Nobody says it quite like Peggy Noonan. She is, without a doubt, one of our national journalism treasures. A Heart, A Cross, and A Flag is Noonans collection of post September 11 articles published in the Wall Street Journal.
She describes September 11 in the words of Os Guinness as the “tragedy that cracked our hearts wide open and forced the beauty out.”
A heart, a cross and a flag are the three things she finds emerging from the rubble. Larry Keating, an iron worker, gave her the heart and the cross fashioned from Tower Two when she was pouring coffee at a rest station for the rescuers.
In “God is Back,” Noonan recalls the national rejuvenation of faith in response to the tragedy in which God Bless America became the new national anthem. President Bush relied on Divine Providence as well in those critical days.
One of the books most remarkable and moving features is the honor Noonan gives to the men we thought were ordinary until September 11. In “Courage Under Fire” she cites the bravery of the firemen.
“The 300 didnt have to be there, they went there. In the now-famous phrase, they ran into the burning building and not out of the burning building. They ran up the stairs, not down, they went into it and not out of it. They didnt flee, they charged. It was just before 9 a.m. and the shift was changing, but the outgoing shift raced to the Towers and the incoming shift raced with them. Thats one reason so many were there so quickly, and the losses were so heavy. Because no one went home. They all came.”
Firefighter is the politically appropriate word but Noonan opines, “I say fireman and not firefighter. Were all supposed to say firefighter, but they were all men, great men, and fireman is a good word. Firemen put out fires and save people, they take people who cant walk and sling them over their shoulders like a sack of potatoes and take them to safety. Thats what they do for a living. You think to yourself: Do we pay them enough? You realize: We couldnt possibly pay them enough . . . .”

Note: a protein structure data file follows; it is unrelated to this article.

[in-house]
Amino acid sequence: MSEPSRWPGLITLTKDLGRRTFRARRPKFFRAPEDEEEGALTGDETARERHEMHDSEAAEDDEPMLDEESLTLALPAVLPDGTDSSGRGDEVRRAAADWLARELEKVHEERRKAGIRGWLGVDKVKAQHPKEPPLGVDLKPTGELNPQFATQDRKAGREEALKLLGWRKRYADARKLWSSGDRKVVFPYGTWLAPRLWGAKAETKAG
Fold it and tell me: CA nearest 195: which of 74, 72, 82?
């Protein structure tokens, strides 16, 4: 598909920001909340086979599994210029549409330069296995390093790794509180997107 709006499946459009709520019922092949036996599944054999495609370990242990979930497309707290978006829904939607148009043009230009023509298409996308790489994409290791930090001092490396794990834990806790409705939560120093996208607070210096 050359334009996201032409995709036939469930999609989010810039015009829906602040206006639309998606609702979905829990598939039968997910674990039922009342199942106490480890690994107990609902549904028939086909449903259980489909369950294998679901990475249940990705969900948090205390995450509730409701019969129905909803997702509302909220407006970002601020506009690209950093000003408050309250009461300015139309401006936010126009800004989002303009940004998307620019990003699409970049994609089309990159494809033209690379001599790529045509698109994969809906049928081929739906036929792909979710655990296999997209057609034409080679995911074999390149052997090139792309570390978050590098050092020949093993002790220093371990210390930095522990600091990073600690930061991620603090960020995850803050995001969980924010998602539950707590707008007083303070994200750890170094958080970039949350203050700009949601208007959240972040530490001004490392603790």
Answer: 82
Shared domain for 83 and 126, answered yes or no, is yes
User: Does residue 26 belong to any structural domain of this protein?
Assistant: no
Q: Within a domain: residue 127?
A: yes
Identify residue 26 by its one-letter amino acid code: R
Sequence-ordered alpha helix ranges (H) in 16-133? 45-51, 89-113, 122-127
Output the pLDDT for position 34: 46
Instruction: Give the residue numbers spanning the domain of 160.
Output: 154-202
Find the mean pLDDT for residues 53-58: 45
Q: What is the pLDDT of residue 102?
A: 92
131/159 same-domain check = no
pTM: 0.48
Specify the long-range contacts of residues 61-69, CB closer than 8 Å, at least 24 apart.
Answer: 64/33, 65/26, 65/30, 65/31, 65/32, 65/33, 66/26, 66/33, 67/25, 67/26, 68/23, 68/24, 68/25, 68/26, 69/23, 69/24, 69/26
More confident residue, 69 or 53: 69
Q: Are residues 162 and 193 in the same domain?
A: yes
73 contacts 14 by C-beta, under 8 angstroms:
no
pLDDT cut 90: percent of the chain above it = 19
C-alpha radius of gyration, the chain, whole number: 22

“Welcome Back Duke” celebrates the return of respect for masculinity and says thank you to the men of September 11, those who brought down Flight 93 in Pennsylvania and those who stormed the Towers, pulling off the largest rescue operation on American soil. The gloss is fading off feminisms heyday.
Noonan writes, “It is hard to be a man. I am certain of it; to be a man in this world is not easy. I know you are thinking, But its not easy to be a woman either, and you are so right. But women get to complain and make others feel bad about their plight. Men have to suck it up. Good men suck it up and remain good natured, constructive and helpful; less-good men become the kind of men who are spoofed on “The Man Show”-babe watching, dope-smoking nihilists. (Nihilism is not manly, it is the last refuge of sissies.)”
Noonan urges everyone to keep alive the memory of September 11 for future generations. Write it down so the story doesnt become diluted or diminished.
The former presidential speechwriter has great respect for President Bush. “Mr. Clinton spent all his time thinking about his legacy while Osama made his plans. He wasted historys time. Mr. Bush isnt like this. Be grateful.”
In A Heart, A Cross and A Flag, she recalls the letter she received from Michael Mullans mother. He was a young fireman who called from his rig to tell his family goodbye and then bowed his head in prayer with a friend. His last words “were Ill go back and get them. He was probably last seen going up the stairs. He was a man of the heart and the cross.” They found his body on October 7.
There are 50 essays in all, on love, written from the heart with a native New Yorkers first-hand perspective during one of the nations most traumatic years in recent memory. It is a powerful combination. Love of family, country, God and countrymen.
In the terrorists attempt to destroy America, they unwittingly brought back those things that keep us strong. This book is for keeps and for my children so that they will know about the tremendous good that came out of the rubble of September 11.
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